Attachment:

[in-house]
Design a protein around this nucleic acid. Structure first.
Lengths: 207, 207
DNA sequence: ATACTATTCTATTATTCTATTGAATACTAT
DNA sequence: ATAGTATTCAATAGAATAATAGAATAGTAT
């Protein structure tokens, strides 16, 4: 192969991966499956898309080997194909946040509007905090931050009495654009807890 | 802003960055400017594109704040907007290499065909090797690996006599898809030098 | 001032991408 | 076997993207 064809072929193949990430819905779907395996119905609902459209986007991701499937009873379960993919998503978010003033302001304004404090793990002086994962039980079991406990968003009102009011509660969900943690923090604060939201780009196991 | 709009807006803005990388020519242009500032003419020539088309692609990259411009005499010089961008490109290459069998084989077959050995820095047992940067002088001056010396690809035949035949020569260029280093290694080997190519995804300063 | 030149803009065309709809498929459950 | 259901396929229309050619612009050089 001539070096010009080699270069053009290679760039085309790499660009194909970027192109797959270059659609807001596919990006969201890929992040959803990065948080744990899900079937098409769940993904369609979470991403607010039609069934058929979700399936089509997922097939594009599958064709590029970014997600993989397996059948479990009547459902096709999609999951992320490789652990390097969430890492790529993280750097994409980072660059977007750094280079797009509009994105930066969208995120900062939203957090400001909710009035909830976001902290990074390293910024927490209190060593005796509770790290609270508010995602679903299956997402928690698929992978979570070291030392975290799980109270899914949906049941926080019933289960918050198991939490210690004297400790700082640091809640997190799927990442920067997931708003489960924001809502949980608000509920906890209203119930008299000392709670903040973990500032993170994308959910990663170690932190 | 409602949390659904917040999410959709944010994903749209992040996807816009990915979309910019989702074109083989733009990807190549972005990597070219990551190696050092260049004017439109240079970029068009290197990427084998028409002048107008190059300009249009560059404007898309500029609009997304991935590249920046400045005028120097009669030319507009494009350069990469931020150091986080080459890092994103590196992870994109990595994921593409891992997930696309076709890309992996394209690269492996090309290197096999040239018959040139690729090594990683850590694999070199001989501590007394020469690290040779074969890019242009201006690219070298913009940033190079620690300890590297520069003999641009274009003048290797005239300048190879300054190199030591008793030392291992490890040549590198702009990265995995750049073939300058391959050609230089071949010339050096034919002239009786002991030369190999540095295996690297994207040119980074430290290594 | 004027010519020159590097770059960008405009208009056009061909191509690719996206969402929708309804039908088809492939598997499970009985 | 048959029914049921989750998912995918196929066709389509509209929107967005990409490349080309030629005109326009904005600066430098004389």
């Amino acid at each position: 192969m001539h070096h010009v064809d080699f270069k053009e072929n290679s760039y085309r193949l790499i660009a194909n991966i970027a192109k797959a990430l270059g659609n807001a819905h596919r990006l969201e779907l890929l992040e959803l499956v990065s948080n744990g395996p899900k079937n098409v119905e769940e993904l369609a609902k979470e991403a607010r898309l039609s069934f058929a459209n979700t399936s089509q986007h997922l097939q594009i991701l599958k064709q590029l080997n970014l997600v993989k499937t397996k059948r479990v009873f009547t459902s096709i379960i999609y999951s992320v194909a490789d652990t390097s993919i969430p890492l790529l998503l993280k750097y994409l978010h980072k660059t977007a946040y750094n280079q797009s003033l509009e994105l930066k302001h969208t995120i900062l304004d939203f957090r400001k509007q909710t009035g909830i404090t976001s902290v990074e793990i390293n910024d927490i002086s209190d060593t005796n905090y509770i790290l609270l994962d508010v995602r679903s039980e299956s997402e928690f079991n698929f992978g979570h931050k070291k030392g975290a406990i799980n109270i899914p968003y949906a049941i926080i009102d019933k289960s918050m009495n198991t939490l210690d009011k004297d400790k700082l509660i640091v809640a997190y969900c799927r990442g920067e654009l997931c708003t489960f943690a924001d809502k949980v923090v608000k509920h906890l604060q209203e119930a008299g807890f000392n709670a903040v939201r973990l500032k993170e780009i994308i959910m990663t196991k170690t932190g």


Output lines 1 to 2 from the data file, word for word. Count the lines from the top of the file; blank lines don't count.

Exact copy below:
[in-house]
Design a protein around this nucleic acid. Structure first.